The Great Thanksgiving Listen
“We are excited to use the new StoryCorps app to bring the country together in a project of listening, connection and generosity. Together we will collect the wisdom of a generation and archive it for the future, while at the same time reminding our grandparents how much their lives and stories matter.” –Dave Isay, StoryCorps Founder and President.
Over the coming months StoryCorps will work with high school teachers across the country to ask students to interview a grandparent or elder over the 2015 Thanksgiving holiday weekend.
Using the new free StoryCorps mobile app, participants will be able to upload their recordings to the StoryCorps archive at the American Folklife Center at the Library of Congress and in one holiday weekend we will capture an entire generation of American lives and experiences.
For the Great Thanksgiving Listen, StoryCorps is partnering with The American Folklife Center at the Library of Congress, TED, NPR, and ABC News–our exclusive television partner (watch the GMA announcement). Educational partners include Facing History and the National Council for the Social Studies (NCSS) along with sponsorship from The Rockefeller Foundation.
The scale of the Great Thanksgiving Listen is made possible by the new StoryCorps mobile app that was launched in March using the $1 million 2015 TED Prize.
The app takes the StoryCorps experience out of the booth and puts it entirely in the hands of users, enabling anyone, anywhere to record conversations with another person for archiving at the Library of Congress and on the new StoryCorps.me website.
StoryCorps hopes to make the Great Thanksgiving Listen a national tradition and to continue fostering meaningful connections within families, communities, classrooms while also creating a singular and priceless archive of American history and wisdom.
Click here for more info and to receive an education toolkit.
Follow the Great Thanksgiving Listen on Facebook.
A Return to Post-Katrina New Orleans
This month marks the ten-year anniversary of Hurricane Katrina touching down in New Orleans and the massive destruction left in its wake. Over the past decade StoryCorps has made numerous trips to the city and to other affected cities to listen to people and record first-hand accounts of how their lives, and the communities they care about, were changed by this devastating storm.
In July, StoryCorps producers Liyna Anwar and Jud Esty-Kendall–joined by photographer Ira Peppercorn–returned to see where the city’s recovery stands and to listen once again to the people of New Orleans.
While there they met with the family of Dr. James Kent Treadway (listen to their StoryCorps interview), a beloved local physician for almost 30 years who followed in his father’s footsteps to become a pediatrician. Known for wearing eccentric costumes and his ability to make people laugh, Dr. Kent as he was known, listened as his patients recounted their stories of pain and grief while he continued to care for them following Katrina. According to his family, the agony that surrounded him as well as losing the medical practice he dreamed of passing on to his own children left him anguished. Months after the storm he took his own life.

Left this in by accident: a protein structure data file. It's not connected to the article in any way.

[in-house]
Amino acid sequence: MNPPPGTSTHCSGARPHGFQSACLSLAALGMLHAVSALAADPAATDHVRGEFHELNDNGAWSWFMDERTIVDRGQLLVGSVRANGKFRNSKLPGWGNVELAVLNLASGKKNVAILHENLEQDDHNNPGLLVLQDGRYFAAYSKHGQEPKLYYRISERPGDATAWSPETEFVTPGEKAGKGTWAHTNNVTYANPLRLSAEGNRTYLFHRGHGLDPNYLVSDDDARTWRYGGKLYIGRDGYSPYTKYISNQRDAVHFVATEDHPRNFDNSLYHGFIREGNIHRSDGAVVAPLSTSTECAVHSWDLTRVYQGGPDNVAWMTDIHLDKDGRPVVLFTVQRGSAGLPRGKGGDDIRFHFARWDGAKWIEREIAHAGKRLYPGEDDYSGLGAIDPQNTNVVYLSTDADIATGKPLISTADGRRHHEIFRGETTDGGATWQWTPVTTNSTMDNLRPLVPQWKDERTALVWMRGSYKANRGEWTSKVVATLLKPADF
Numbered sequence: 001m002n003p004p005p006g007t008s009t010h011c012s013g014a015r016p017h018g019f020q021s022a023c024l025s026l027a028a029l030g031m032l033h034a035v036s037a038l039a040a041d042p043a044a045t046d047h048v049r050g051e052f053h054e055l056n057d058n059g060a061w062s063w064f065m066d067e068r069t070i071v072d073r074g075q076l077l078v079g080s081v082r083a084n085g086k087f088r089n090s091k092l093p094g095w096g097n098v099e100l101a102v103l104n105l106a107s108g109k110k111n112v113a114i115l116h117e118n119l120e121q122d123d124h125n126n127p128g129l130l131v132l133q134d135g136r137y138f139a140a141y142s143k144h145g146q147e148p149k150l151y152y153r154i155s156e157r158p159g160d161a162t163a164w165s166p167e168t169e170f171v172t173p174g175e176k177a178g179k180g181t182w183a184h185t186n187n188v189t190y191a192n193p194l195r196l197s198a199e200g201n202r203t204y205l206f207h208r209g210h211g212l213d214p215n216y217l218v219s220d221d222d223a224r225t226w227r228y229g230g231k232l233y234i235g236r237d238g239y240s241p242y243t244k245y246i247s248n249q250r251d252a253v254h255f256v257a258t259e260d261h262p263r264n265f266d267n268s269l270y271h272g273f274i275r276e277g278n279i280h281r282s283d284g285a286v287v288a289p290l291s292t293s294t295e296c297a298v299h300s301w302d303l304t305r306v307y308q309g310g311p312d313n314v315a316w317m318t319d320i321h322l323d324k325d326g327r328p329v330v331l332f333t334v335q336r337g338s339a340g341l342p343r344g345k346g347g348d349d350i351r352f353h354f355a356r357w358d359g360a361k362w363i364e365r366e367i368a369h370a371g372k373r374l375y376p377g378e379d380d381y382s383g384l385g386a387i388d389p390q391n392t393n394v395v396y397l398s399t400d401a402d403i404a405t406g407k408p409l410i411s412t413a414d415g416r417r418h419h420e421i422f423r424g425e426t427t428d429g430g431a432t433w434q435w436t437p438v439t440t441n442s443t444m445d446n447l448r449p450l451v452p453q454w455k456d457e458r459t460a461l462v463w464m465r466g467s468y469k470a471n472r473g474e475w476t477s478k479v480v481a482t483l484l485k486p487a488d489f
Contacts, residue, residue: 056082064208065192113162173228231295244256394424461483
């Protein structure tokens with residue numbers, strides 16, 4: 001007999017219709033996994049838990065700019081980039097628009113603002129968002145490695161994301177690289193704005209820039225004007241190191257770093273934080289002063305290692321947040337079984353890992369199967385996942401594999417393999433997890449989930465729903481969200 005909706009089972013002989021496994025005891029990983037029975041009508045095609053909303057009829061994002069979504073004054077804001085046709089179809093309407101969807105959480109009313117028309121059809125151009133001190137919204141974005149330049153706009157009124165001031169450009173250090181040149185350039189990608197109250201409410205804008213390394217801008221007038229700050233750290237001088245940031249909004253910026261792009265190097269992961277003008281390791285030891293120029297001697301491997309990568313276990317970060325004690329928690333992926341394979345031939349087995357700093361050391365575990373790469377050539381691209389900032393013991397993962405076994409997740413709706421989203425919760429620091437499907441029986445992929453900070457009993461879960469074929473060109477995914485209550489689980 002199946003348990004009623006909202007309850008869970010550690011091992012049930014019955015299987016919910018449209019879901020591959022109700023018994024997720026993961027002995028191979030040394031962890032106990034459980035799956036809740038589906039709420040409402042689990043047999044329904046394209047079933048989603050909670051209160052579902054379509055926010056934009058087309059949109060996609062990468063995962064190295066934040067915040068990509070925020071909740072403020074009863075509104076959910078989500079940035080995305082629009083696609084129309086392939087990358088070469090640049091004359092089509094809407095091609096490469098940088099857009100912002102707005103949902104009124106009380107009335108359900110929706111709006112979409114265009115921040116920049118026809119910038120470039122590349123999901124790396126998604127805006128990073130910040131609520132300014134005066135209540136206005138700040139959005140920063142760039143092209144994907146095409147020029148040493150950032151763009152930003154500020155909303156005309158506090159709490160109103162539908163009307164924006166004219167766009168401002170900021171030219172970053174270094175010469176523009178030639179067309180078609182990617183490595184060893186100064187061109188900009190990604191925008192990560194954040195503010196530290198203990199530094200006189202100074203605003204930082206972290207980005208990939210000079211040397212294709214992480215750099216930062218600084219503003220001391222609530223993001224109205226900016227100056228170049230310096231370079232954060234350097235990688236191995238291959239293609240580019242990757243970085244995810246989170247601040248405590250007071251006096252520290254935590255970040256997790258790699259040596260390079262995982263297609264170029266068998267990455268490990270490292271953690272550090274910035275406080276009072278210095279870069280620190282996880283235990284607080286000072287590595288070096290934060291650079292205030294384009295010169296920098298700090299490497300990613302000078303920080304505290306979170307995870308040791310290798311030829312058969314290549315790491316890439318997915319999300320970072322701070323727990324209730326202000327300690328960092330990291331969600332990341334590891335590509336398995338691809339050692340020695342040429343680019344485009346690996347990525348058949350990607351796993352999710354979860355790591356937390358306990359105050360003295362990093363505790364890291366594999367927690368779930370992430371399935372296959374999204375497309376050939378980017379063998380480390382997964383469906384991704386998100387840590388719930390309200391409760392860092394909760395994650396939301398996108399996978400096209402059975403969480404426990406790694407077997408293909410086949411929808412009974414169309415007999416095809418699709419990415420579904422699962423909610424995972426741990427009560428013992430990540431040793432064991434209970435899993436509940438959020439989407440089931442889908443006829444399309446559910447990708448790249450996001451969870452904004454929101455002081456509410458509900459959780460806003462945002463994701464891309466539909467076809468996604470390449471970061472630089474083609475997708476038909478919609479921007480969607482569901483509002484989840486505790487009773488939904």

Liyna, Jud, and Ira visited with Dr. Kent’s wife, Tyra, and his daughter Ardyn in the home the family was forced to flee following the storm. While Jud set up the recording equipment downstairs in a house that was uninhabitable for months after Katrina, Ardyn took Liyna upstairs to show her bulletin boards full of personal photographs that once decorate Dr. Kent’s medical office.
Following Katrina, Burnell Cotlon (listen to his StoryCorps interview) spent more than two years living in a FEMA trailer. The Army veteran and father who lost everything in the storm noticed that the Lower Ninth Ward no longer had a community grocery store so he took money he had saved and bought a rundown building opening his neighborhood’s only market. His plaza also consists of a barbershop and a sweetshop.
Burnell gave Liyna, Jud, and Ira a tour of the Lower 9th Ward Market that opened last year. With a sign in front announcing “Makin’ Groceries”-New Orleans-speak for grocery shopping-it has become a place where local kids hang around after school lounging on picnic tables and where inside customers can find fresh fruits and vegetables. Other shelves are lined with items like packaged and canned goods and due to local demand Burnell also offers sneakers and baby clothing.
Another section of his plaza-the sweetshop-sells prepared foods, ice cream, and snowballs (snow cones) in dozens of flavors (including customer favorite, tiger’s blood, which Burnell and others described as “the best mix of strawberry and coconut you can imagine.”)
Burnell’s mother Lillie shared with Liyna and Jud a story about her son’s long-held entrepreneurial streak recalling that when he was a child he would leave home early for school. At the time she didn’t know why, but later she discovered that Burnell was going to the local candy factory before school and later selling the sweets to his classmates out of his locker. Now employing six people, Burnell’s store has recently begun accepting EBT (Electronic Benefit Transfer) cards and he has also started making deliveries to those unable to get to the market on their own.
While the Lower 9th Ward market is not yet profitable, Burnell’s immediate goal is to raise enough money to buy a commercial grade refrigerator so that he can regularly stock dairy and meat items. Eventually he hopes to keep expanding by opening the first Laundromat in the Lower Ninth Ward since Katrina while also helping to fulfill his community’s needed for a notary public.
If you would like to help the Lower 9th Ward Market supply groceries to the community please check out their Go Fund Me page.
For other market information find them on their new Facebook page.